It's a great opportunity to spend more money on one's car.

    Of course it's also an idea to just use the tried and true inverse flare fittings and plated steel "Bundy" or Cunifer type tubing.
     
  22. ekimneirbo
    Joined: Apr 29, 2017
    Posts: 2,108

    ekimneirbo
    Member
    from Brooks Ky

    I haven't used one but don't think I need one....so far. I spent quite a bit of money on good tools for bending and flaring. I notice on the pop up that they have a Fragola 37 degree flaring tool. They want $214 . I paid about $90 from Precision tube in Indianapolis I think. As for the flare smoothing tool, I figure if I have a problem I'll try my air tool with a sanding cone and a quick rub. I think for the most part you won't have a problem. The eccentric flare works the metal more slowly than one that just pushes the whole flare at one time. It helps prevent splitting. Stainless is harder to work than just steel or aluminum. It generally shows up when doing some form of double flare. When I started fooling with all this flaring stuff, I wanted to see how well it held and made a pressure testing fitting to test the fuel line before I installed it. To test the fittings themselves, I put them on a short 30" tube. Any loss of pressure would immediately be apparent on such a small reservoir. Put a 100 lbs of pressure in the tube and a week later it hadn't moved. Checked my fuel line and then put it back on the short tube and aired it up again. Six months or so later I picked it up and it was still over 95 lbs.
     
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  23. theHIGHLANDER
    Joined: Jun 3, 2005
    Posts: 8,283

    theHIGHLANDER
    Member

    I'm there too. I took a cue from Packard. Heavy sheet metal, bend over a tube, leave a tab, punch a hole, radius the corners a bit or shape the tab end to taste. I make several at a time but don't have anything to show a pic of. I said Packard because such a clamp is found all over the car, some double like the sheet metal one shown above. Anyone can use Adell clamps...:cool:
     
    31Vicky with a hemi likes this.
  24. ekimneirbo
    Joined: Apr 29, 2017
    Posts: 2,108

    ekimneirbo
    Member
    from Brooks Ky

    Here is a little more info that may help HAMBers..........
    Above there are examples of the 45 degree Flare common to NPT (National Pipe Tap) fittings and flares.
    The 45 degree flare is a Double flare that is done in two steps . First the initial flare is made on the tube. Then a second operation is performed that folds the flare back on itself.......doubling it. That seats in a fitting that has a 45 degree flare inside for the tube to seat against.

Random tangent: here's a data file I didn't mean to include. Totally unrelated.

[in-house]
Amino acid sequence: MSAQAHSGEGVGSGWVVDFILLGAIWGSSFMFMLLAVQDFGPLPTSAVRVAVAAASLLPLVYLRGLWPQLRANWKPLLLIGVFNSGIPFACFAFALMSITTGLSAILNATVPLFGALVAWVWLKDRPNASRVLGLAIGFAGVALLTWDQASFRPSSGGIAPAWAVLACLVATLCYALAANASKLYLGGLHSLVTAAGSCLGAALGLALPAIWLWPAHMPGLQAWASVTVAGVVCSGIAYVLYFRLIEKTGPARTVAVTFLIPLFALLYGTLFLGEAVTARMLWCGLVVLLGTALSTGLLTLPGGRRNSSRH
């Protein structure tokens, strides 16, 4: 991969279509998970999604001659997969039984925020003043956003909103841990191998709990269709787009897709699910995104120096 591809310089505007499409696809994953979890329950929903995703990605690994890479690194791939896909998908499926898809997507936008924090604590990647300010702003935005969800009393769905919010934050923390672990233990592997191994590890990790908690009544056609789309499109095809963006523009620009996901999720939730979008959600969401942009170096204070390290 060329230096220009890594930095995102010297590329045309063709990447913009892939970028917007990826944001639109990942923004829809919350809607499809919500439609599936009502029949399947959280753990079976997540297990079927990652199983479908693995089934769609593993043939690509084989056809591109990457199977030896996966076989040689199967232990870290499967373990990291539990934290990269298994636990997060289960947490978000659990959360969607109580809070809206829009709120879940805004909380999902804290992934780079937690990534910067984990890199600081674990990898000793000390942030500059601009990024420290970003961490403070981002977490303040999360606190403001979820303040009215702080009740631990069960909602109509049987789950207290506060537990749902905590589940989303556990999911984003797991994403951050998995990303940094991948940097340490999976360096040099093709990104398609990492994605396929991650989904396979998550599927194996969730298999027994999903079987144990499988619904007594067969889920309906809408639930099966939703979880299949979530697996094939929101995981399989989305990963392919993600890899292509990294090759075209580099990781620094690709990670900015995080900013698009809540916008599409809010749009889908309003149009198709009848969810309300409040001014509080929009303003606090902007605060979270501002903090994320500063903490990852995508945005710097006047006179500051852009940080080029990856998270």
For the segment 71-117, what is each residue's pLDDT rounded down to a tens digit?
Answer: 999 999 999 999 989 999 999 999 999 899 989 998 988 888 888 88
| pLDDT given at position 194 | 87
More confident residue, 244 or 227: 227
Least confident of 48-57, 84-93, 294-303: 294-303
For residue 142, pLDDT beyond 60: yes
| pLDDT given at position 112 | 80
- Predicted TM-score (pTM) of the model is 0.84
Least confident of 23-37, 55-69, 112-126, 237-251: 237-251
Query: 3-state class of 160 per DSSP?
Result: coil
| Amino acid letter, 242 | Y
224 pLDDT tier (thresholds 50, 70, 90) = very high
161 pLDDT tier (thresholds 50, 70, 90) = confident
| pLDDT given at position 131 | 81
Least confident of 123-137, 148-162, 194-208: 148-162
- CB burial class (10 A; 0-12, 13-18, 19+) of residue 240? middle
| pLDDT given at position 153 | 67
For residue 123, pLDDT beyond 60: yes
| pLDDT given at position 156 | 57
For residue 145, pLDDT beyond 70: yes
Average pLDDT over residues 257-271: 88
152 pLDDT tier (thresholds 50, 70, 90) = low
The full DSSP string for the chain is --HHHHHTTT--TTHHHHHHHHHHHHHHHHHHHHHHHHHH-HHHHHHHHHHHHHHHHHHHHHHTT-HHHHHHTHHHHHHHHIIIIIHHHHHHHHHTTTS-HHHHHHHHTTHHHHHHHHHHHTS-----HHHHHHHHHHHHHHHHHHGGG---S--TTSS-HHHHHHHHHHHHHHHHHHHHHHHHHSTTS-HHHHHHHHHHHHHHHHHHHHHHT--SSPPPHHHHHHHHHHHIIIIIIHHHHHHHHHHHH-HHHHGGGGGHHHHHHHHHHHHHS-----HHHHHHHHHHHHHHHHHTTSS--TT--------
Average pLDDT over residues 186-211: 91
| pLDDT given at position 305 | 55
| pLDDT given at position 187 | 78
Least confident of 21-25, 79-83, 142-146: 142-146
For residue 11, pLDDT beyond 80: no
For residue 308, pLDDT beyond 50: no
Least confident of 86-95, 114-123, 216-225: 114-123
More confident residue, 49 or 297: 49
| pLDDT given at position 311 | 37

There is another flare that is called a Bubble flare. Basically its done like the double flare but the tube isn't pushed all the way back so it doubles. I have only seen these used on smaller tubes, so I don't know if larger (1/2") sizes are available. Let me know if there are larger (1/2") ones. I'll include a picture below so people can see what they look like. Also a chart that some might want to print out and stick on a cabinet door.

    Then there is the 37degree single flare used with a sleeve to push it against a 37 degree seat. These are AN or JIC.
    AN is a military Spec while JIC is the same design but in an industrial spec.....usually made of steel.

    DSCN1751.JPG
    Flare types 001.jpg

    Flare Chart.JPG
    Hope this helps some ............
     
    reagen likes this.
  25. Lil'Alb
    Joined: Sep 22, 2013
    Posts: 238

    Lil'Alb
    Member
    from brier, wa

    Last edited: Mar 18, 2020
  26. Texas57
    Joined: Oct 21, 2012
    Posts: 3,366

    Texas57
    ALLIANCE MEMBER
    1. 1952-59 Ford Social Group

    In tank fuel pump, Gates (Goodyear?) modern fuel rubber hose for about 20" to the 3/8 NiCopp lines (supply and return)running to the firewall area. Held to the frame with stainless line clamps. I do have a mid 90's Ford fuel filter in line with the Springlock fittings. From the hard line ends to the fuel log, ss braided teflon (or ptfe, don't remember) that also have the Springlock fittings on the log end.
    www.purechoicemotorsports.com in Lake Havasu has tons of specialty fitttings like adapters for metric to AN, and Springlock to AN. A few years back, I was there for a bunch of fittings I needed. They were out of one in particular, so he made me one while I waited as it was already programed into their NC lathe. Good people, know their stuff.
     
  27. Beanscoot
    Joined: May 14, 2008
    Posts: 2,119

    Beanscoot
    Member

    That brake supplier has a lot of good fittings, but it's kind of hard to find them on their site, and interpret the descriptions of those without images.
     
  28. hot 37
    Joined: Sep 7, 2012
    Posts: 6

    hot 37
    Member
    from Wisconsin

    GM is using plastic/nylon - found this out the other day, wife's car had leak on gauge floor. local garage fixed problem with plastic! Checked it out on E-bay and U-tube, latest new product. I installed it my 36 hot rod. ran one line through box frame to fire wall then 3/8 steel to carb.
    -
     
  29. Almostdone
    Joined: Dec 19, 2019
    Posts: 591

    Almostdone
    ALLIANCE MEMBER

    I did similar to LM14, but I used 3/8 steel ‘brake’ line from NAPA. Modern rubber hose from tank to pre filter, then electric fuel pump, another section of rubber hose (to reduce vibration and noise from the pump), steel line from there to a post filter, steel from there to pressure regulator near firewall. I’ll finish with a short section of rubber for vibration reduction, then steel from there to a firewall-mounted fuel block. I spaced the post filter and regulator at about the length of the tubing to result in as few connections and new flares as possible.

    Size dependent on fuel need. My brothers with drag cars used 1/2 inch. They also used flexible hose. I prefer solid on a hot rod, and it shows some workmanship (hopefully).

    Decent tubing bender and flare tool + a little practice beforehand = not too much in the bent tubing scrap pile.

    I used these clamps (come in different sizes, seem to hold well, look sanitary, affordable).
    https://www.speedwaymotors.com/Stainless-Steel-Single-Brake-Line-Tube-Clamps-Bag-12,1975.html
     
    Shadow Creek and wackdaddy like this.
  30. lostone
    Joined: Oct 13, 2013
    Posts: 1,794

    lostone
    Member
    from kansas

    I'm with 31vicky, don't care for alot of the line clamps out there.

    Like to find something small, hidden, and easily installed.